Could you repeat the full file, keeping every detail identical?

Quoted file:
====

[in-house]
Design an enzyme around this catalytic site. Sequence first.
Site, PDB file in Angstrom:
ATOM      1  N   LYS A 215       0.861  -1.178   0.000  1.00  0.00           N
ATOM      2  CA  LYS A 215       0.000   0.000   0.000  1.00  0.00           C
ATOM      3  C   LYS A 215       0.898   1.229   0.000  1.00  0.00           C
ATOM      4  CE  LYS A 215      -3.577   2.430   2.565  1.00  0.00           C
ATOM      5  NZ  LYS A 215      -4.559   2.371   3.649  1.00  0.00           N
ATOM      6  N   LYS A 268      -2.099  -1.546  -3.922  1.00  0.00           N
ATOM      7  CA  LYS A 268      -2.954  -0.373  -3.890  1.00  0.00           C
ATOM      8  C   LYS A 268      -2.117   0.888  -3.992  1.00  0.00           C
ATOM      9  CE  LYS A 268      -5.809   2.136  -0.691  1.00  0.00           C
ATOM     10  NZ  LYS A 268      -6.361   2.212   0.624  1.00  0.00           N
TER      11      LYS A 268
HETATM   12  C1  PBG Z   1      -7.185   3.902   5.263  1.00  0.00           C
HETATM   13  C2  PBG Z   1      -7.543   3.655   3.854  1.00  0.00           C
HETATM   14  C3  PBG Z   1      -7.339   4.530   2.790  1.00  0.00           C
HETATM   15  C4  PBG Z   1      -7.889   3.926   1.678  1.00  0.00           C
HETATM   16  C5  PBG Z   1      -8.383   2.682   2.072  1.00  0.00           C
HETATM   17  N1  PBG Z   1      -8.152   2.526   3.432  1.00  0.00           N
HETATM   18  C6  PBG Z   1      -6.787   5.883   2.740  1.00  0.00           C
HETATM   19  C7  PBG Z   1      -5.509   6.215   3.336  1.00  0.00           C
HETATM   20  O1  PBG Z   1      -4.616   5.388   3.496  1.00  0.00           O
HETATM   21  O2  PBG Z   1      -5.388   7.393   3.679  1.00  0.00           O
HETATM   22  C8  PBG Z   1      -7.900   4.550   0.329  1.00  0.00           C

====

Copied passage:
[in-house]
Design an enzyme around this catalytic site. Sequence first.
Site, PDB file in Angstrom:
ATOM      1  N   LYS A 215       0.861  -1.178   0.000  1.00  0.00           N
ATOM      2  CA  LYS A 215       0.000   0.000   0.000  1.00  0.00           C
ATOM      3  C   LYS A 215       0.898   1.229   0.000  1.00  0.00           C
ATOM      4  CE  LYS A 215      -3.577   2.430   2.565  1.00  0.00           C
ATOM      5  NZ  LYS A 215      -4.559   2.371   3.649  1.00  0.00           N
ATOM      6  N   LYS A 268      -2.099  -1.546  -3.922  1.00  0.00           N
ATOM      7  CA  LYS A 268      -2.954  -0.373  -3.890  1.00  0.00           C
ATOM      8  C   LYS A 268      -2.117   0.888  -3.992  1.00  0.00           C
ATOM      9  CE  LYS A 268      -5.809   2.136  -0.691  1.00  0.00           C
ATOM     10  NZ  LYS A 268      -6.361   2.212   0.624  1.00  0.00           N
TER      11      LYS A 268
HETATM   12  C1  PBG Z   1      -7.185   3.902   5.263  1.00  0.00           C
HETATM   13  C2  PBG Z   1      -7.543   3.655   3.854  1.00  0.00           C
HETATM   14  C3  PBG Z   1      -7.339   4.530   2.790  1.00  0.00           C
HETATM   15  C4  PBG Z   1      -7.889   3.926   1.678  1.00  0.00           C
HETATM   16  C5  PBG Z   1      -8.383   2.682   2.072  1.00  0.00           C
HETATM   17  N1  PBG Z   1      -8.152   2.526   3.432  1.00  0.00           N
HETATM   18  C6  PBG Z   1      -6.787   5.883   2.740  1.00  0.00           C
HETATM   19  C7  PBG Z   1      -5.509   6.215   3.336  1.00  0.00           C
HETATM   20  O1  PBG Z   1      -4.616   5.388   3.496  1.00  0.00           O
HETATM   21  O2  PBG Z   1      -5.388   7.393   3.679  1.00  0.00           O
HETATM   22  C8  PBG Z   1      -7.900   4.550   0.329  1.00  0.00           C